It must have been early 1987. BBC2 had just broadcast a documentary about Jack Kerouac, which I had taped on to a VHS. By the following week, I had got hold of On the Road and joyously sped through it. But before that, I repeatedly played the part of the film dedicated to Kerouac’s musical tastes, and his elegy to Charlie Parker: “Charlie Parker looked like Buddha… And his expression on his face/Was as calm, beautiful and profound/As the image of the Buddha/Represented in the East, the lidded eyes/The expression that says: ‘All is well.’”
With my sixth-form friend Neil, I decided that now was the time to go beyond indie-rock and hip hop and sample the higher pleasures of jazz. This involved two places: a cut-price vinyl outlet in the backstreets of Manchester where I got two Parker records for £3 a piece; and the library in my hometown of Cheshire, where one album now screamed out to be borrowed. Probably via the NME, I already had some vague notion of John Coltrane’s A Love Supreme – released in January 1965, and arguably the composer and sax player’s greatest achievement – as a totem of cool, but now it felt obligatory. It was 25p for two weeks, plus a quid on a TDK C90 tape: a no-brainer, as we didn’t say back then.
Then came another epiphany. This was the most transcendent music I had ever heard. Coltrane’s sleeve notes, which refer to a “spiritual awakening” he experienced in 1957 (“This album is a humble offering to Him…”) must have helped put me in the right mood, but what I divined in the music came to mind with no prompts. This opening mixture of the album’s central four-note motif and McCoy Tyner’s questing piano chords seemed to evoke the night, and rain; the sax part that awakened the track titled “Resolution” after 20 seconds sounded like a sudden dawn; in between, the passage in which Coltrane intoned the title as a mantra was full of a power I couldn’t even begin to articulate. This was heady, elemental stuff.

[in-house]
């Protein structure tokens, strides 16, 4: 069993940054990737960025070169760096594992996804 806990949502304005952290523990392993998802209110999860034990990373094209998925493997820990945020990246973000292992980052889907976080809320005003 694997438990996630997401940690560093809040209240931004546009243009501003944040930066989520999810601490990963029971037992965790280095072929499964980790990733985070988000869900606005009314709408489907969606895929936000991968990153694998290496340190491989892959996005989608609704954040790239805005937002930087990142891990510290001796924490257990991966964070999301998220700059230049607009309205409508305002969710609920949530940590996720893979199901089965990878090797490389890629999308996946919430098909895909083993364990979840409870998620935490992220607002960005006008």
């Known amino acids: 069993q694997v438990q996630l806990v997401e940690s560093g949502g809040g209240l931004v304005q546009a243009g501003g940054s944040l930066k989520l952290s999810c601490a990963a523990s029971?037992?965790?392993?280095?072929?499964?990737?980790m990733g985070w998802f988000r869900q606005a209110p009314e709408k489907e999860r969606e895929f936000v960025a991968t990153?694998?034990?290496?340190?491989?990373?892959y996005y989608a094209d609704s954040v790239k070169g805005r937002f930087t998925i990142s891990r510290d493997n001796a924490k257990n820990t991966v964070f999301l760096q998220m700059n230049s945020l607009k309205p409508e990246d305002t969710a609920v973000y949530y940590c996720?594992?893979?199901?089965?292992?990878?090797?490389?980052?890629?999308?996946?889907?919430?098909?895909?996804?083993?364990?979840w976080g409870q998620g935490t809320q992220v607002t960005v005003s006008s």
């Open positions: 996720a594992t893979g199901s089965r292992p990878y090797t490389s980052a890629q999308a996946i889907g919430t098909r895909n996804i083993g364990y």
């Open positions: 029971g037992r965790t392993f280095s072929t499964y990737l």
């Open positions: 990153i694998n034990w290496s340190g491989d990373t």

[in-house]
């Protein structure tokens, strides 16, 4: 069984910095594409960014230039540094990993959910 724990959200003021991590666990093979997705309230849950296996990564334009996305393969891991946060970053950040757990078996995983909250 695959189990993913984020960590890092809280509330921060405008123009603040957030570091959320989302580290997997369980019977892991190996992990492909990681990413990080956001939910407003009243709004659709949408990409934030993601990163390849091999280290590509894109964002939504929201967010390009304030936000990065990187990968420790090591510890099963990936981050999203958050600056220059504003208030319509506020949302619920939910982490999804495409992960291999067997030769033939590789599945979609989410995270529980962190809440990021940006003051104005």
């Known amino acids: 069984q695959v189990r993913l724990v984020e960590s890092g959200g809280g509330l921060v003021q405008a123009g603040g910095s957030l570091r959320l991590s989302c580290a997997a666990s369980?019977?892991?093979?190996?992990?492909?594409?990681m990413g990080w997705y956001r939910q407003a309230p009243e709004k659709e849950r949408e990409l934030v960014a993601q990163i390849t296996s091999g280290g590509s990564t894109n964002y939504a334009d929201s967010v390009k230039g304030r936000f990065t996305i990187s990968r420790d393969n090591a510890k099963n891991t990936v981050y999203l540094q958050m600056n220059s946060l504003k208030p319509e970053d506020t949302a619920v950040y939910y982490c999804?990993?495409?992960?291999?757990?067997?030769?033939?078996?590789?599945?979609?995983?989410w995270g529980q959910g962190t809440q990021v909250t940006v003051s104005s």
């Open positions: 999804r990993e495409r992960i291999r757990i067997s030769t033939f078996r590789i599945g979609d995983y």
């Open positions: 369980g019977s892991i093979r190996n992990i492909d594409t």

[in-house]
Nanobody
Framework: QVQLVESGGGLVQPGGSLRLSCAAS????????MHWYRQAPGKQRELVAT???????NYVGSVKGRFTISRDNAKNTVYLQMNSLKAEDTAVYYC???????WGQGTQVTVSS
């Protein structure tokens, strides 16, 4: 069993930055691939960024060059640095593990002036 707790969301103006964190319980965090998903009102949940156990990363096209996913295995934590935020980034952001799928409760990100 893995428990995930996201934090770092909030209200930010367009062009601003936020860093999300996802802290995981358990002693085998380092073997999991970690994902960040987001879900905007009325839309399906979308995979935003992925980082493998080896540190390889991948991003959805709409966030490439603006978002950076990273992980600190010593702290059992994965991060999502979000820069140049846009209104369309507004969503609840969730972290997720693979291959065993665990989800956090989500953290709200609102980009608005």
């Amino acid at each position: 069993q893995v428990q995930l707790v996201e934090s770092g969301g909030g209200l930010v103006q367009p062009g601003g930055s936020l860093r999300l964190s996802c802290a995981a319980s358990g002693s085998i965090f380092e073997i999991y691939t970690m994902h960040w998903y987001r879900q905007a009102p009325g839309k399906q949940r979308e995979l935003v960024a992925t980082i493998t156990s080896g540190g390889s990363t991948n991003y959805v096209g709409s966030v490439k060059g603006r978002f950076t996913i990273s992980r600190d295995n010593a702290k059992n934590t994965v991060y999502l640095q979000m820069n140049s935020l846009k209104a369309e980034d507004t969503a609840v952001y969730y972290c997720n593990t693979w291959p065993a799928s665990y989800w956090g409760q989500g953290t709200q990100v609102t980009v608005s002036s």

At Neil’s house, where we spent whole Saturdays immersed in music and eating Lancashire cheese toasties, it worked the same magic; at night, when I would play it on the Binatone cassette player next to my bed, it entranced me even more.
It still does. I feel it as keenly at 47 as I did when I was 17. When the world seems to be reducible to trivia, nastiness and a lack of hope, A Love Supreme gets as close to attesting to a higher power as any record ever has, and seems to offer an eternal assurance: that, on some elevated plane accessible only when the right music plays, all is well.
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This article appears in the 08 Dec 2020 issue of the New Statesman, Christmas special